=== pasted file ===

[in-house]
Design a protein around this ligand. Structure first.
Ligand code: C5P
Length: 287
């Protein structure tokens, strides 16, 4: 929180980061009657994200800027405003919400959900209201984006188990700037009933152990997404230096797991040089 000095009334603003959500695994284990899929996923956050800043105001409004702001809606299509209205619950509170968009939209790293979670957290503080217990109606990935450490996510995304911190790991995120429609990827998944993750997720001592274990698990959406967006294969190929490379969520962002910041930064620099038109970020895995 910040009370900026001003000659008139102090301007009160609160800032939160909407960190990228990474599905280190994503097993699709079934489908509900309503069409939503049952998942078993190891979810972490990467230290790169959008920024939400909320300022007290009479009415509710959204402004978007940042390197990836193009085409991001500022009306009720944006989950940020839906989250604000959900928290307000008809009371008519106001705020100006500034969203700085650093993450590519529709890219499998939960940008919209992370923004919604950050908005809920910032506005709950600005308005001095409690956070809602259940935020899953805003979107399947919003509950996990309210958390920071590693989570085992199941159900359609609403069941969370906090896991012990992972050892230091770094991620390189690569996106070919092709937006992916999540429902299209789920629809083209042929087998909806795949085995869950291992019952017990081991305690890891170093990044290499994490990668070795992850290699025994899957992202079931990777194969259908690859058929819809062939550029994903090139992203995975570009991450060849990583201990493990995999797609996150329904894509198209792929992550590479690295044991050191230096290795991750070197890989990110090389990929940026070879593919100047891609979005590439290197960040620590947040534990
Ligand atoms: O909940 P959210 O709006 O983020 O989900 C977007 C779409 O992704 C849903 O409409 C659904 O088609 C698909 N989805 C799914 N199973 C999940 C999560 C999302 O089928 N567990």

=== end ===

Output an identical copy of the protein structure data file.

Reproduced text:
[in-house]
Design a protein around this ligand. Structure first.
Ligand code: C5P
Length: 287
């Protein structure tokens, strides 16, 4: 929180980061009657994200800027405003919400959900209201984006188990700037009933152990997404230096797991040089 000095009334603003959500695994284990899929996923956050800043105001409004702001809606299509209205619950509170968009939209790293979670957290503080217990109606990935450490996510995304911190790991995120429609990827998944993750997720001592274990698990959406967006294969190929490379969520962002910041930064620099038109970020895995 910040009370900026001003000659008139102090301007009160609160800032939160909407960190990228990474599905280190994503097993699709079934489908509900309503069409939503049952998942078993190891979810972490990467230290790169959008920024939400909320300022007290009479009415509710959204402004978007940042390197990836193009085409991001500022009306009720944006989950940020839906989250604000959900928290307000008809009371008519106001705020100006500034969203700085650093993450590519529709890219499998939960940008919209992370923004919604950050908005809920910032506005709950600005308005001095409690956070809602259940935020899953805003979107399947919003509950996990309210958390920071590693989570085992199941159900359609609403069941969370906090896991012990992972050892230091770094991620390189690569996106070919092709937006992916999540429902299209789920629809083209042929087998909806795949085995869950291992019952017990081991305690890891170093990044290499994490990668070795992850290699025994899957992202079931990777194969259908690859058929819809062939550029994903090139992203995975570009991450060849990583201990493990995999797609996150329904894509198209792929992550590479690295044991050191230096290795991750070197890989990110090389990929940026070879593919100047891609979005590439290197960040620590947040534990
Ligand atoms: O909940 P959210 O709006 O983020 O989900 C977007 C779409 O992704 C849903 O409409 C659904 O088609 C698909 N989805 C799914 N199973 C999940 C999560 C999302 O089928 N567990």